As I said, I had a really hard time pre-race trying to figure out what the terrain was going to be like. Here it is: after the first 8 miles and with the exception of a 400 foot climb just before the mile 19 aid station, this whole course is runnable on fresh legs. There are places with very nice, well groomed single track. There are places with some rocks and roots, but I don’t think I would describe anything after the first eight miles as “technical.” On paper, the elevation profile looks really easy after the first few miles.
Each grid line represents about 300 feet of elevation. Just get up on the ridgeline and cruise, right? Hell, there’s even a spot from like 52 to 57 that looks downright downhill. The elevation profile is very deceptive – it’s easy to forget that you’re running a 70 mile race and that the little ups and downs are relentless in this race. And of course your legs aren’t fresh the whole way.
Another thing that makes this race deceptively hard is the spacing of the aid stations. You get aid at 11.6; 19.3; 26; 32.3; 39.1; 46.4; 57.1; and 62. Those are some long miles in June. It is important to carry enough food with you between aid stations. I brought my own ziploc baggie (though I think they had them at most aid stations) and filled it with quesadillas and cookies (at different times – of course) to eat between aid stations. One novelty at this race is that every single mile is marked with a permanent cement pylon. I played mental reward games with myself where I’d get to have another cookie when I got to the mile marker. I found this was an easy enough way to space out some of my food and make sure I was popping 80 calories or so every other mile.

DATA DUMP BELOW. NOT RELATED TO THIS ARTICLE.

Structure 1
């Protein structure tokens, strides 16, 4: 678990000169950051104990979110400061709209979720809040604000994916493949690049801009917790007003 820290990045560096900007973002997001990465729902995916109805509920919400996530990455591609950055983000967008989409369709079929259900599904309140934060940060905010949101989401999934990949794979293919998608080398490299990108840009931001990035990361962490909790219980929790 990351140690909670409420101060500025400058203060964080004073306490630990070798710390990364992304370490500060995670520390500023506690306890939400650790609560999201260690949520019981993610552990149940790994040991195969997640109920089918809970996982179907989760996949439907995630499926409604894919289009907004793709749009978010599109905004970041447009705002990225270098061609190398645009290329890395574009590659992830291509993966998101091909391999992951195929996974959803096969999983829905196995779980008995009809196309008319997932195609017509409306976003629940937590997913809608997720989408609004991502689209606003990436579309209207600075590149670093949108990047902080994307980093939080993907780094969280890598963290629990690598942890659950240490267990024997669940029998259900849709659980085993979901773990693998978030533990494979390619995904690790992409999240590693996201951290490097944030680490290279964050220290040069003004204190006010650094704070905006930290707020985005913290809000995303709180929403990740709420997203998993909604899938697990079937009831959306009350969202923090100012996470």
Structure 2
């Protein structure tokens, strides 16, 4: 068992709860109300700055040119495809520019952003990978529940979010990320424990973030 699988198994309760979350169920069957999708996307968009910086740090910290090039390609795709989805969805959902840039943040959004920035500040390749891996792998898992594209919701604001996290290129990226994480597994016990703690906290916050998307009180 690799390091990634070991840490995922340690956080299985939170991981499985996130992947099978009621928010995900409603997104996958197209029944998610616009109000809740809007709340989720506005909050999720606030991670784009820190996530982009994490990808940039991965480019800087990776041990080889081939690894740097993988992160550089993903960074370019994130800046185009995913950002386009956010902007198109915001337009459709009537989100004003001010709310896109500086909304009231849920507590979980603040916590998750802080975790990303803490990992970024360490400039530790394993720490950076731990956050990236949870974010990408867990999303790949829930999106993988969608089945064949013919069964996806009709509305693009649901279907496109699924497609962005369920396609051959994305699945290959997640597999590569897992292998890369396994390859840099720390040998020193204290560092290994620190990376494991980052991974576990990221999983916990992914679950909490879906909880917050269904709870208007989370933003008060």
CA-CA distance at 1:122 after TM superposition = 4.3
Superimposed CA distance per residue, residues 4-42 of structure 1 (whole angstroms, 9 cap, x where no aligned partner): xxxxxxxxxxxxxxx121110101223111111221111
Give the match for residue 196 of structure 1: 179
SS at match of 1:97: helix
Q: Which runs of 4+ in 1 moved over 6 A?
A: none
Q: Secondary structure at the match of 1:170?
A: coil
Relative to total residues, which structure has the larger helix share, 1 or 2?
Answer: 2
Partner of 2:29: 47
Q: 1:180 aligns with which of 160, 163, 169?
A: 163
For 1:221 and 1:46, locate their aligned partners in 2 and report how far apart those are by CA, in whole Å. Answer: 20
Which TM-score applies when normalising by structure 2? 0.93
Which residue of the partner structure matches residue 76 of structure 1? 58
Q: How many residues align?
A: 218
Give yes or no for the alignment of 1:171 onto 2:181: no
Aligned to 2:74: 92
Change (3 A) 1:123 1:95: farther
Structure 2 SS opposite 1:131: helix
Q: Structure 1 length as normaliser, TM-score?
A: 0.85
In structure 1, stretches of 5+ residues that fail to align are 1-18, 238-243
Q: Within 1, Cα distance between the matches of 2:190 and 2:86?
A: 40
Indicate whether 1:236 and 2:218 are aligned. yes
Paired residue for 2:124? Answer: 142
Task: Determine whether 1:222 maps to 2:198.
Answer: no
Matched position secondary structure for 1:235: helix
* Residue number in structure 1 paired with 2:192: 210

I can report that ice at the aid stations was plentiful. You can’t appreciate this enough and you don’t get it at all races. I wore a pack with a 2 liter bladder and carried a water bottle. My general plan was to have Tailwind in the bladder and water in the pack. I’ve found that I can only tolerate so much Tailwind. But the feeling of ice in your pack on an 80 degree day is unbelievable.